• Allobar Strategies

Citizen Exposes Flaws in Assessing Practices in Nashua, New Hampshire


A private citizen, Laurie Ortolano, discovered vastly different values for similar homes when she researched the assessments in Nashua, New Hampshire. She felt as though she received an unfair assessment on her house in connection with a revaluation for the 2018 tax year. The revaluation was performed by a private appraisal company hired by the City of Nashua to perform a statistical update. She spent two months reviewing property tax cards and discovered inconsistencies in assessments. One of the areas of deficiencies she identified was the manner in which building permits were handled by the Nashua assessing department. She used the Mayor’s house as an effective example to illustrate the failure to adjust property values as the result of building permits. The house owned by Mayor Donchess had a building permit on file for $100,000 of work to be performed 10 years earlier. However, Ortolano described how the assessment for the property had only increased by $30,000.

When Ortolano brought her complaints to the City, the Mayor ordered an audit of the assessing department to be led by the Chief Financial Officer and the Mayor’s Chief of Staff. The audit report identified a number of deficiencies. One of the deficiencies identified is that a full measure and list had not been conducted in the City since the early 1990’s. A full measure and list involves the physical inspection of each property in the taxing jurisdiction, also referred to as a full revaluation. The revaluation performed in Nashua only involved a statistical update with a drive-by review of properties in Nashua. Under N.H. law, while the New Hampshire Constitution requires revaluations every five years, this provision of the Constitution has been interpreted to not require full measure and lists every five years as long as the properties are revalued by some method such as a statistical update.

Some other findings of the report were ineffective management of the assessing department and the lack of internal policies to guide operations. One of the recommendations of the Audit Report was the elimination of the Chief Assessor position. The functions of the Assessing Department are to be overseen by the position of Administrative Services Director who will also be responsible for GIS and Information Technology. Another of the recommendations is that a full measure and list be conducted prior to the next revaluation of property in the city.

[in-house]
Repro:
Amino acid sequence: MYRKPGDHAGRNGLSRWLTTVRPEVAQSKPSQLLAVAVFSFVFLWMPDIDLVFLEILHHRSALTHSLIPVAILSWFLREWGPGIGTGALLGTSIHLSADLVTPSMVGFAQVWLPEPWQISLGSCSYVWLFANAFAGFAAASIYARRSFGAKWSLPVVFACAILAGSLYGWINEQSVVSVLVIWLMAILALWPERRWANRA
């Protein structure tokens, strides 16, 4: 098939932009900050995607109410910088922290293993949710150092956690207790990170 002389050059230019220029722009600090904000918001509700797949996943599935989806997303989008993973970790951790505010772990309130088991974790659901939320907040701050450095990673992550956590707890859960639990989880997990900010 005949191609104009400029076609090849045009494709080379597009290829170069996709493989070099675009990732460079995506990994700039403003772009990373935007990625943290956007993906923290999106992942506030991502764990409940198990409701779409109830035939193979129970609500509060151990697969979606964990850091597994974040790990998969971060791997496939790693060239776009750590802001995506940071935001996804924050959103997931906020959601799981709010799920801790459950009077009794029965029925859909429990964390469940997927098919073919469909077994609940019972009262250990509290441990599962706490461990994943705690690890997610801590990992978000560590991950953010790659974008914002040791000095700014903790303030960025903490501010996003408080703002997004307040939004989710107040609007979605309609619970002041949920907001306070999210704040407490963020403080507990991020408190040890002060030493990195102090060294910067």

It should be noted that the NH Department of Revenue Administration has conducted numerous reviews of the prior revaluations in Nashua. In its review in 2005, it identified as a problem the lack written guidelines for an inventory program for keeping assessments up to date as the result of building permits. In 2011, the Department of Revenue Administration identified the lack of means to accomplish the goal of visiting every property that has a building permit issued in the prior year. It took a private citizen’s investigation of the assessing practices in 2018 for the City to finally acknowledge the problem that it had with the assessing department and to take steps to address the deficiencies despite having the state agency responsible for oversight of assessors identify some of the same problems.

Ms. Ortolano went to great lengths to educate herself about the assessments in Nashua. She has received deserved praise for her work in exposing the deficiencies in the assessing practices in Nashua. Her efforts will likely result in improvements to the assessment practices in her city. She has demonstrated that taxpayers should not simply accept on faith that the assessing departments are using sound practices that result in fair assessments, but that the accuracy and fairness of assessments should be investigated.

Allobar Strategies provides professional assistance in evaluating the fairness of property tax assessments. If you would like assistance with an evaluation of your property tax, please visit Allobar Strategies or call (603) 333-2211.

By: John F. Hayes, Esq., General Counsel to Allobar Strategies.

#MayotDonchess #LaurieOrtolano #propertyassessments #fairness

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